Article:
As the leaves turn, and the Seattle rain pours to welcome autumn, I begin to question the more personal changes and choices I’ve made in my life. The changing seasons often lead me to heightened self-reflection. For this reason alone, this turning inward, the time between seasons may be my favorite season of all. I always find myself relishing the surprise, unpredictability, and newness autumn brings. The season’s arrival prompts my imagining of the coming foggy glow from home windows as the chilling temperatures and string of holidays move our activities inside.
With the beginning of each season comes necessary endings. As summer turns to autumn, I have the hardest time letting go of our summer fruit and vegetable share from our Community Supported Agriculture (CSA). CSA’s are membership supported farms and have been in our country for more than 25 years. To locate a farm near you, you can check out the Local Harvest website. We’ve been members of our CSA, Helsing Junction Farm, for 22 years, when they first began and had approximately 75 members, much fewer than their current 1,200. Clearly, change is not only seasonal.
Our weekly CSA share has necessitated a continued practice in flexibility. Every box comes filled with varied combinations of fruits, vegetables, and herbs fresh from the earth, so our CSA-driven meal planning fluctuates from week to week, based on what comes to us from the ground versus what we plan for and seek out in the stores. Helpfully, Helsing posts weekly recipes on their website to aid this ”on your toes” method of meal planning. Knowing we’ll receive delicious, healthful produce, but not knowing the contents of our weekly summer box, I let go of planning and get creative. Our CSA has me experimenting with ingredients and combinations I could never have planned on my own — a great lesson to me that change can come from releasing total control.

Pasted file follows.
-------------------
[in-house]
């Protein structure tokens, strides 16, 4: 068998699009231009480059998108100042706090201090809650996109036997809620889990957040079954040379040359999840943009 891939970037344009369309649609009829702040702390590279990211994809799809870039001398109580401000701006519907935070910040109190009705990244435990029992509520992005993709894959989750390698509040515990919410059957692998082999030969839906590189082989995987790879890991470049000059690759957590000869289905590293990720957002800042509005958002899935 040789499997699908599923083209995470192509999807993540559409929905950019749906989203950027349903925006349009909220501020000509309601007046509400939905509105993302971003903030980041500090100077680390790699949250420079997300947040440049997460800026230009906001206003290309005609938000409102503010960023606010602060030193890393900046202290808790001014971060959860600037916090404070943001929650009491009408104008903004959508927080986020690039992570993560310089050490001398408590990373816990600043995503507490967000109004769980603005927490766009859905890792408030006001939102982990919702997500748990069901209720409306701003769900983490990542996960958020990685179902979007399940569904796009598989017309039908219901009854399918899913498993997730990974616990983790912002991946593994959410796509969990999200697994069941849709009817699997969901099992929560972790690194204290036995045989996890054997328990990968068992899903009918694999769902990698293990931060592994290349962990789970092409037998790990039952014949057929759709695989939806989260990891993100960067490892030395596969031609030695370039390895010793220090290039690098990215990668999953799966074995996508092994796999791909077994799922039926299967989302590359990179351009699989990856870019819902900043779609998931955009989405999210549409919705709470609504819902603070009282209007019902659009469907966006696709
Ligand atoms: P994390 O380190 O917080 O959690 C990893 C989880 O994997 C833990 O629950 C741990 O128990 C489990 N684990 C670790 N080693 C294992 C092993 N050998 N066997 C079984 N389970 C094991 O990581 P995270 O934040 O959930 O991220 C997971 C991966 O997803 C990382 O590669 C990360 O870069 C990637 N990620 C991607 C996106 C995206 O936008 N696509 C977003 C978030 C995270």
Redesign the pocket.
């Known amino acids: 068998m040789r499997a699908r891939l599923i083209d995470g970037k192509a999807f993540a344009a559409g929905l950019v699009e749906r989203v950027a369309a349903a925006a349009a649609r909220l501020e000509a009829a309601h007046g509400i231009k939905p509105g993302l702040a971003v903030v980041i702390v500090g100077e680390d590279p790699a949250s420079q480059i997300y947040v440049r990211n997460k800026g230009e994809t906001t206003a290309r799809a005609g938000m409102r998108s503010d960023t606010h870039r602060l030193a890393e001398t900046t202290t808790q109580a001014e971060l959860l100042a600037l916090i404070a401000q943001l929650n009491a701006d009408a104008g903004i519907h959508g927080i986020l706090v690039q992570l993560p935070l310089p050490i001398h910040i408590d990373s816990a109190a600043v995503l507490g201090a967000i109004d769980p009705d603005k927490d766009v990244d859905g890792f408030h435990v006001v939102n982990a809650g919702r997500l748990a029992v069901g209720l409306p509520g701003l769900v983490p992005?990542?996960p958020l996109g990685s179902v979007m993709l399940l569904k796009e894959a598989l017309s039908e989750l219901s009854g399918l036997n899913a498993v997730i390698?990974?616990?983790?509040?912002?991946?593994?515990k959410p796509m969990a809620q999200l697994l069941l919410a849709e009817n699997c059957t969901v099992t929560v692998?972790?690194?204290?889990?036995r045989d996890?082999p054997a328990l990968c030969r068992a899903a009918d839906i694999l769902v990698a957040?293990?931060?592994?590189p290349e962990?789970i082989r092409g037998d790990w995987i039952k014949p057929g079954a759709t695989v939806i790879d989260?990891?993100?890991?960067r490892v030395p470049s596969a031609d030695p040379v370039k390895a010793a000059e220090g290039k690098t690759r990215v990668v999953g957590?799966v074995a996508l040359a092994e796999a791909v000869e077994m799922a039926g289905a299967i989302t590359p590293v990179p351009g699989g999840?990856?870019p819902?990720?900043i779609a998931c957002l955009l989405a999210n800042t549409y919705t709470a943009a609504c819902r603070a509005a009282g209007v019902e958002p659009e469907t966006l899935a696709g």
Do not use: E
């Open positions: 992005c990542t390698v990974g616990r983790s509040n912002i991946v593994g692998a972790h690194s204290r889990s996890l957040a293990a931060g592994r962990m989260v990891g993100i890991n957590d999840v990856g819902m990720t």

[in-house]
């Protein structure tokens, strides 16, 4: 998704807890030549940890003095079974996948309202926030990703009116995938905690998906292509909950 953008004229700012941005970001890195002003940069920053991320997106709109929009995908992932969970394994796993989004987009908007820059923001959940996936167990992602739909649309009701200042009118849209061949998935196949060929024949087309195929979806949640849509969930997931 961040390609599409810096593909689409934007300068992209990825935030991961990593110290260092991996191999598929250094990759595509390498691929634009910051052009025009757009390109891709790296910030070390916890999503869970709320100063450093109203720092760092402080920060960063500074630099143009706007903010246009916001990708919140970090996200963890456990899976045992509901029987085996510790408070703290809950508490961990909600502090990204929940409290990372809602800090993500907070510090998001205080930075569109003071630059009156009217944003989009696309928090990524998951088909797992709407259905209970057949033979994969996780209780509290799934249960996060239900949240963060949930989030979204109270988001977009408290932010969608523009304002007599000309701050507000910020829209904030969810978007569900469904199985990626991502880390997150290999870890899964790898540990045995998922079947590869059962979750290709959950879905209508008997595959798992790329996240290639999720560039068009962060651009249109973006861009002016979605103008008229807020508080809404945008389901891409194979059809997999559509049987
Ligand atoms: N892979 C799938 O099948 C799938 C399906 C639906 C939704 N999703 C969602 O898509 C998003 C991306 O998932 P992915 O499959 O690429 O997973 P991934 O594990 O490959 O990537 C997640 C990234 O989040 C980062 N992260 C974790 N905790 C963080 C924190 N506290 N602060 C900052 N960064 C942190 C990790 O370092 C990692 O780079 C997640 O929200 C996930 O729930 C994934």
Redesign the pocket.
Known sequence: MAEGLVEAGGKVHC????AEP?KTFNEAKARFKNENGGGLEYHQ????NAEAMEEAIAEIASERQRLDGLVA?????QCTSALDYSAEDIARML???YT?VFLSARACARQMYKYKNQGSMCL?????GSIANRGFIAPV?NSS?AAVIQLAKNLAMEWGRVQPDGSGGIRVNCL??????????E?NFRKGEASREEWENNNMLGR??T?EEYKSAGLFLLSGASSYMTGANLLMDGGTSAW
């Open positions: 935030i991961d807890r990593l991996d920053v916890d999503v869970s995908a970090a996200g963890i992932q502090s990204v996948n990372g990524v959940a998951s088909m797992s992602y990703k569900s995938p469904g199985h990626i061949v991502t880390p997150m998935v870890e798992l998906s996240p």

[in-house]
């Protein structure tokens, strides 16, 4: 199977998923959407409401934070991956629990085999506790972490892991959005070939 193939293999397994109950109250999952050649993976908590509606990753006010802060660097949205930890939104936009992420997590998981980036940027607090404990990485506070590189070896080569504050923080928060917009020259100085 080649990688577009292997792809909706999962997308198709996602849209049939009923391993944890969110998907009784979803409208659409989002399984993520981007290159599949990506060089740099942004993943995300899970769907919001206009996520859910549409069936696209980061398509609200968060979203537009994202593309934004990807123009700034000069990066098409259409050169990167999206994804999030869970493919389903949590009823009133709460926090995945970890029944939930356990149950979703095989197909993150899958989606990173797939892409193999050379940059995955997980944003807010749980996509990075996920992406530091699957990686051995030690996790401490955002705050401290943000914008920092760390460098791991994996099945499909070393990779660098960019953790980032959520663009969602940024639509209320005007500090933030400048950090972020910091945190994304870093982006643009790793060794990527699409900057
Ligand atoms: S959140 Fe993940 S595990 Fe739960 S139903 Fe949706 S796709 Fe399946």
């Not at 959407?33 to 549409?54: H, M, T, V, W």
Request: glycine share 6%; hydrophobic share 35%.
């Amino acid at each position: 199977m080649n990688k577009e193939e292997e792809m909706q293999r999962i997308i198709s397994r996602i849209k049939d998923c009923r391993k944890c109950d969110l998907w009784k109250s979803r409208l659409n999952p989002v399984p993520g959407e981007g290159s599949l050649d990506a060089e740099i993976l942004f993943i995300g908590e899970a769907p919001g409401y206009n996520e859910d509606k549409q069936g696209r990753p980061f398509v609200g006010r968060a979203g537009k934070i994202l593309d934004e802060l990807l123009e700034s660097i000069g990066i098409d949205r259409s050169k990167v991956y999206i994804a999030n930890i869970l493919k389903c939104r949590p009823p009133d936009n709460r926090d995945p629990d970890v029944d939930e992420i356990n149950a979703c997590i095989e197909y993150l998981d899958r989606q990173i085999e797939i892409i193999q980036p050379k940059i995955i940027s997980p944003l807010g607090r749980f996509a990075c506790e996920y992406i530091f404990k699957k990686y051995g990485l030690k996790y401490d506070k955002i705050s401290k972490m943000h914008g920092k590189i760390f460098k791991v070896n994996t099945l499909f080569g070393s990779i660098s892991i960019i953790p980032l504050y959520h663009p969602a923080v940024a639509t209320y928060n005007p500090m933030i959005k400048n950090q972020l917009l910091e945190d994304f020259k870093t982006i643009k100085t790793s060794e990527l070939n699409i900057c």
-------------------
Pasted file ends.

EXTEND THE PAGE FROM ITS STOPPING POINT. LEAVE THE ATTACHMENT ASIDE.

Food keeps us moving and growing. It keeps us alive. We must feed ourselves, whether or not we welcome the task, just as we must put on more clothes when the temperatures turn colder. The more I acknowledge the opportunity necessities of life provide, the more conscious and engaged I am in my living, breathing being. Throughout all change around me, I hold to one constant, my unwavering intentionality in parenting, general living, and eating. It’s going to take a lot of us to turn around the way food comes to us. As large corporations toxically engineer our world for unsustainable growth and over-production, the purity of nutrients in organics become increasingly important for us and our planet. I urge you to critically consider what you eat.
For further exploration on engaged eating, I highly recommend GMO OMG, a wonderful endorsement for practicing a life in communication with our planet by organic seed appreciation and seasonal eating.
Questions for healthy consideration: What will you eat today? Where is it being grown? Can you feel the difference in your health and body depending on what you eat?
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